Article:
It may be two week since Jan. 1, but the mouthpieces that topped the Simon Wiesenthal Center’s list of top 10 anti-Semites of 2012 are still spewing hatred.
The list, which was put out for the third year this past Dec. 27, provides a snapshot of anti-Semitism in the mainstream of government, organizations, media and culture, explained Rabbi Abraham Cooper, the center’s associate dean.
Rabbi Cooper said a team of more than 400,000 researchers cull the list in a multi-lingual, international effort. Why?
“Secretary of State Hillary Clinton has said that anti-Semitism has the ability to morph. Just when you think you have it beaten, it shows up in another form and different venues,” said Rabbi Cooper. “Exposing the anti-Semitism is part of a larger strategy to motivate those in position of power to do something about it. … We will be at this for a long time to come.”
So, without further ado, let’s look at the list of that which unifies both far right and far left better than anything else: Jew hating.
Egypt’s Muslim Brotherhood tops the list with a quote from Mohammed Badie, the Muslim Brotherhood’s sup-reme guide. During a recent talk, he spewed the notion that the “The Jews … have spread corruption on earth.” He recommended “holy Jihad” in order to annihilate them. His colleague, Futouh Abd Al-Nabi Mansour, during an October sermon, called on the Muslim god to “destroy the Jews and their supporters.”
Mansour was heard chanting, “Oh Allah, disperse [the Jews] and rend them asunder. Oh Allah, demonstrate your might and greatness upon them.”
Interestingly, according to the Middle East Media Research Institute, Egyptian President Mohamed Morsi watched that very sermon and was heard uttering “Amin” (amen) to every fiery statement.
“Egypt is asking the U.S., EU and the World Bank for $12 billion in aid,” noted Rabbi Cooper. “We have to try to link aid to Morsi to the basic issue of protecting religious minorities and not allowing government modalities to become mouthpieces of hate.”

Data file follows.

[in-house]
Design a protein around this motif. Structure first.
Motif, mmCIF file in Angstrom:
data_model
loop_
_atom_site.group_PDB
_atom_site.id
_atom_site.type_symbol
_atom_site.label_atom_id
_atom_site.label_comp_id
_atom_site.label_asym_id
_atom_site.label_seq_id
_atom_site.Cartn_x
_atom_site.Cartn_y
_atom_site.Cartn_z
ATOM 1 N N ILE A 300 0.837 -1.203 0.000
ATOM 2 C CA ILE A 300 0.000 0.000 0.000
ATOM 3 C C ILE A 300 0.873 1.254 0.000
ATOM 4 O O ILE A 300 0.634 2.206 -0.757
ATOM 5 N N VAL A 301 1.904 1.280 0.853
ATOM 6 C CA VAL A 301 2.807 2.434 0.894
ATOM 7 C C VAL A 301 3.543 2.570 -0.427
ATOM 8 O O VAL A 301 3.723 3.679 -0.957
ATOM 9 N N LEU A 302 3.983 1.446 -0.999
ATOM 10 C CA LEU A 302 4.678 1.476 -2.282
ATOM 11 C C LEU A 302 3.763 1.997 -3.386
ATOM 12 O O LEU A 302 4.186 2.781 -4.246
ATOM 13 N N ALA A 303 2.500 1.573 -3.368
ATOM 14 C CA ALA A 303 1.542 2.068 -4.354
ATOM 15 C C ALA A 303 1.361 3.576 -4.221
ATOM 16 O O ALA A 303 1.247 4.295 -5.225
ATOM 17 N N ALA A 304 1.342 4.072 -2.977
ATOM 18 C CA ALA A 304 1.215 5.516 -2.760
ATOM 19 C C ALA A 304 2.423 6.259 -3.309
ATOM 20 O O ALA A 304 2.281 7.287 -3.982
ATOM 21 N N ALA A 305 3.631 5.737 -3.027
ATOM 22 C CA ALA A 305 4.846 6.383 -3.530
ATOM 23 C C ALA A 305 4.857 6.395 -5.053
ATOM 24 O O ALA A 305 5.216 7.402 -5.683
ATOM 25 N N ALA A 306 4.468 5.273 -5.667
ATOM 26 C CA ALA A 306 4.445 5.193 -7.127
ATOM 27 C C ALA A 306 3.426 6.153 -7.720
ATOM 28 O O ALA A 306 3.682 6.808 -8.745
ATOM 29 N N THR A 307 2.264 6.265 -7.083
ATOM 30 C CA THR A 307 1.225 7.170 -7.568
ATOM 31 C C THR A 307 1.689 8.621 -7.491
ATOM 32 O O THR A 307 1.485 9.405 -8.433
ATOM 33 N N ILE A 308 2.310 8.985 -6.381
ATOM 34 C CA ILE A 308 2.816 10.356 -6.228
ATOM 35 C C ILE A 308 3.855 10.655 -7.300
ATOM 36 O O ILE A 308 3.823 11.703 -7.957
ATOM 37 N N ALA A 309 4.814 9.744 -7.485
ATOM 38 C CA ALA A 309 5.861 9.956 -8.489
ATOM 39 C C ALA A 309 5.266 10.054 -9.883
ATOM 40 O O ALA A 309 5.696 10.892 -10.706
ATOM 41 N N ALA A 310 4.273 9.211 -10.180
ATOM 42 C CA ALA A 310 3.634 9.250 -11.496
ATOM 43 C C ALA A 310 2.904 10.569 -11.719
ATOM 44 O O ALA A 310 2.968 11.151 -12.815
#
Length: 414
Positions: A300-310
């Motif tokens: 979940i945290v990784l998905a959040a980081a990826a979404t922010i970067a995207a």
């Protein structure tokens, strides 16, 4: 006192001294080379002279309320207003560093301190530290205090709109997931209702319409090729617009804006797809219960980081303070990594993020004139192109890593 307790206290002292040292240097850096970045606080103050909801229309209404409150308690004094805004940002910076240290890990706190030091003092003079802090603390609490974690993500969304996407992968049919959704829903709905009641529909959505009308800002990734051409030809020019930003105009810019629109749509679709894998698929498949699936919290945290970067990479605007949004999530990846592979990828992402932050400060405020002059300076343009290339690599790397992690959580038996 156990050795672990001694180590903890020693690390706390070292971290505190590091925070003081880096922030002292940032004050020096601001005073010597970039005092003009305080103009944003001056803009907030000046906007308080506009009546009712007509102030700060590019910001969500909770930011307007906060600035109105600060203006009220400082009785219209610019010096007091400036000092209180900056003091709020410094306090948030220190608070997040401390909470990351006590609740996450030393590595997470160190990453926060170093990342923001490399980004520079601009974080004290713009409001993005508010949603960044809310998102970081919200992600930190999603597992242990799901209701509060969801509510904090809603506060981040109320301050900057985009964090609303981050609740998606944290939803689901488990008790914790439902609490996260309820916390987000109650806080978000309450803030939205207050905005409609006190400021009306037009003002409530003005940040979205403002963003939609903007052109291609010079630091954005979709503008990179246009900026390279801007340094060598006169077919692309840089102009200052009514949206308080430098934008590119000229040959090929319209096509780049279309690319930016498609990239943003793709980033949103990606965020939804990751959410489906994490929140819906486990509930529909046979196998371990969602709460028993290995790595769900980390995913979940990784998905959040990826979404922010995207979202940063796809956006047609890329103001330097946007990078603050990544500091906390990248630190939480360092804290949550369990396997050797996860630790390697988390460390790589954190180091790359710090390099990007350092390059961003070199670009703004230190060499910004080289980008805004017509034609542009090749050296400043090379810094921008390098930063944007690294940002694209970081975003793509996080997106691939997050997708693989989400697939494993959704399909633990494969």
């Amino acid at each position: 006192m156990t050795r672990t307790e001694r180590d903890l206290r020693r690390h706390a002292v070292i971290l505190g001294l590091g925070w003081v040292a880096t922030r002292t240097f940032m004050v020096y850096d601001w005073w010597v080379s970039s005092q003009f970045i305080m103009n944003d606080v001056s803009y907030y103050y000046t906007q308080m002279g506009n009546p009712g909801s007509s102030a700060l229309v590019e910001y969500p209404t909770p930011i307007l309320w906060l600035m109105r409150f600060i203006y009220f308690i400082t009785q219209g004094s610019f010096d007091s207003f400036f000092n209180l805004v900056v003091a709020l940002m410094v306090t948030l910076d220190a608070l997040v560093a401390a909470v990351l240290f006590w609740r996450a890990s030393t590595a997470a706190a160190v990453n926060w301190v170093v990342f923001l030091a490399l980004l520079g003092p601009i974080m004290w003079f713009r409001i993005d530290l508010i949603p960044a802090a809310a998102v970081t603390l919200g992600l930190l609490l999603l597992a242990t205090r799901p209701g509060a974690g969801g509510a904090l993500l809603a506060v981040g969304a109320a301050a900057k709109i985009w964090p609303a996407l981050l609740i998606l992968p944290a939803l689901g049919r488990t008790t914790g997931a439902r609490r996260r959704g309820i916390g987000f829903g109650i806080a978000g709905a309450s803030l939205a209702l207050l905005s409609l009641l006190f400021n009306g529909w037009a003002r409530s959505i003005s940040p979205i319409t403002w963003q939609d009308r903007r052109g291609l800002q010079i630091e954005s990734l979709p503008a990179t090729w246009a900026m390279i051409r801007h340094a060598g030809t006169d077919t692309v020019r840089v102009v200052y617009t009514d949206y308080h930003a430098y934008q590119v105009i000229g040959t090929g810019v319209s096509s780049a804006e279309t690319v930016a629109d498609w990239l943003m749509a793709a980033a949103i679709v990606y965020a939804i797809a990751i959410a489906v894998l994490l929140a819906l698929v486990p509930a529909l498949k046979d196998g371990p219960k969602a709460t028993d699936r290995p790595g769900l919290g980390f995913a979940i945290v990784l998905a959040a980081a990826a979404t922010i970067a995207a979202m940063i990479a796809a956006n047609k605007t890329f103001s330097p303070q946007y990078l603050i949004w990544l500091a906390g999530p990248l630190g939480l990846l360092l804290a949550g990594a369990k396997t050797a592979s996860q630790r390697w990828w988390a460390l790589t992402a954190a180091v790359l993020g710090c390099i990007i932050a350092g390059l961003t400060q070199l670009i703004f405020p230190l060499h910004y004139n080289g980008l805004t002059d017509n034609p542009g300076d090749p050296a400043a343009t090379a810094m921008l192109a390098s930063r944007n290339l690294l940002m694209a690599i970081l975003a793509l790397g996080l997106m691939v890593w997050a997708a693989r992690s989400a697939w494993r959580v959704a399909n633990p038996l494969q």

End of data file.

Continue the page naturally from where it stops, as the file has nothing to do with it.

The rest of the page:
Next on the list: the Iranian Regime and its repeated calls for “the full annihilation of Israel.” (See: The 21st-Century Iranian Jew,” page 28.)
No. 3: Brazilian cartoonist Carlos Latuff. Many people believe political cartoons have a greater negative stereotype upon Jews than lengthy diatribes. During Operation Pillar of Defense, this cartoonist slandered the Jewish state in a piece depicting Prime Minister Binyamin Netanyahu ringing a Gaza baby out for money instead of doing what any world leader would have done under the circumstances — protected his people from Hamas rocket fire.
At No. 4, was an unlikely culprit. Anti-Semitic European soccer fans made the list for rhetoric at a game against Tottenham Hotspur, based in a traditional Jewish section of London. West Ham United fans during a game chanted, “Adolf Hitler’s coming for you” and “You’re getting gassed in the morning.” The message even came with hissing noises meant to replicate the sound of a gas chamber.
In the middle, at No. 5, are Ukraine’s anti-Semitic authorities, one that called actress Mila Kunis a “dirty Jewess.”
Next on the list at No. 6 was Greece’s Golden Dawn party leader and Holocaust denier of the first
degree, Nikolaos Michaloliakos. He recently told an interviewer that six million Jews were not murdered in the Shoah. He denied there were gas chambers or ovens in the Nazi camps and has a penchant for giving the Nazi salute.
A close No. 7 went to the far right Hungarian Jobbik party. The party’s Martin Gyongyosi called on the Hungarian parliament to “assess how many people there are of Jewish origin” in Hungary “who represent a certain national security risk” to the country.
Norway’s Trond Ali Linstadt, a convert to Islam, was listed at number eight. He warns web readers to “beware of the Jews” and the “influence they have in newspaper, in other media, and in many political organs.”
No. 9 is a new voice and an influential German media personality, Jakob Augstein. The owner and editor of
Der Freitag Weekly, Augstein accused Netanyahu of exploiting the “Jewish lobby” in the United States and Germany’s Nazi past to “keep the world on a leash.” While he admitted that Israel is “threatened by Islamic fundamentalists in its neighborhood,” it equated the “ultra-Orthodox Hareidim” as “cut from the same cloth” as those fundamentalist opponents.
Last on the list was none other than long-term favorite Louis Farrakhan. In October, he came out with “In Washington, right next to the Holocaust museum, is the Federal Reserve, where they print the money.” He asks, “Is that an accident?”
Rabbi Cooper said there were many others that could have made the 2012 list. The Wiesenthal center, he said, gave serious consideration to a number of anti-Semites in France, “but the Hollande government has deported some and is actively involved in countering the threats.” He said there were also other figures, including a leading Mufti in Lebanon, which could have been number 11.
Rabbi Cooper called on the people — and the people’s media — to take action.
He said, “The media has a large role in calling out the hate, including anti-Semitism, when it threatens to infect the mainstream society.”